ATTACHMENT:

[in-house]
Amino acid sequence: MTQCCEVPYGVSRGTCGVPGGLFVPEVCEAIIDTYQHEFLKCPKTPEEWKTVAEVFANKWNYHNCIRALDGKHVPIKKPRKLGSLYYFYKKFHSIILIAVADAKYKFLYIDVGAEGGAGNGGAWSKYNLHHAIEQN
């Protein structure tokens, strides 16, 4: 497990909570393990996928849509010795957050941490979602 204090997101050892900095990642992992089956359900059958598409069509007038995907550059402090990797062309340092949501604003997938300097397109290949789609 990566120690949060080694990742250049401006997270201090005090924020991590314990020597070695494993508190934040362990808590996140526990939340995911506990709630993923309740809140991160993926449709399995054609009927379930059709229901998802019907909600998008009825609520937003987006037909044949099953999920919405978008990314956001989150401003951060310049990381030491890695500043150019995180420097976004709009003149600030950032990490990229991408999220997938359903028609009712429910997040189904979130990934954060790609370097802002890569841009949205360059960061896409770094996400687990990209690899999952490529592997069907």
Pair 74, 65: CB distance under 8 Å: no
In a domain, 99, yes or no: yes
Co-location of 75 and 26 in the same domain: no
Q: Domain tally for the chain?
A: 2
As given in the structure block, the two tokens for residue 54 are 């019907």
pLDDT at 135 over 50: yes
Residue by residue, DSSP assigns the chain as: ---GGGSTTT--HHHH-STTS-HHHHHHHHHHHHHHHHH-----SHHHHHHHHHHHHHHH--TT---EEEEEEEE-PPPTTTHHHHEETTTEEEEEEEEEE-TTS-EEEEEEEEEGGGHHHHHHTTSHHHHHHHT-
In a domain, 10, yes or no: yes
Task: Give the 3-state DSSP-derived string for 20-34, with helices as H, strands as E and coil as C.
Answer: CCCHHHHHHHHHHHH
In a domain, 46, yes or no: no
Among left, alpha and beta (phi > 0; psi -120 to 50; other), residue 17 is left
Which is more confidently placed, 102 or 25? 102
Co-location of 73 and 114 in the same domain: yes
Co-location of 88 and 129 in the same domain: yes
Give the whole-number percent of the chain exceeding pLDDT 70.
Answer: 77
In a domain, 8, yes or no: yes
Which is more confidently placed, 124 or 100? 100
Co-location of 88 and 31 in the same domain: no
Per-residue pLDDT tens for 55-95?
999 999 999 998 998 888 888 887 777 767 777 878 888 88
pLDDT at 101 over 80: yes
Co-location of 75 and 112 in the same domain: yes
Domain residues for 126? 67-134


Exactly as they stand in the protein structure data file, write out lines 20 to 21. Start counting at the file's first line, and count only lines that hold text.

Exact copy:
Give the whole-number percent of the chain exceeding pLDDT 70.
Answer: 77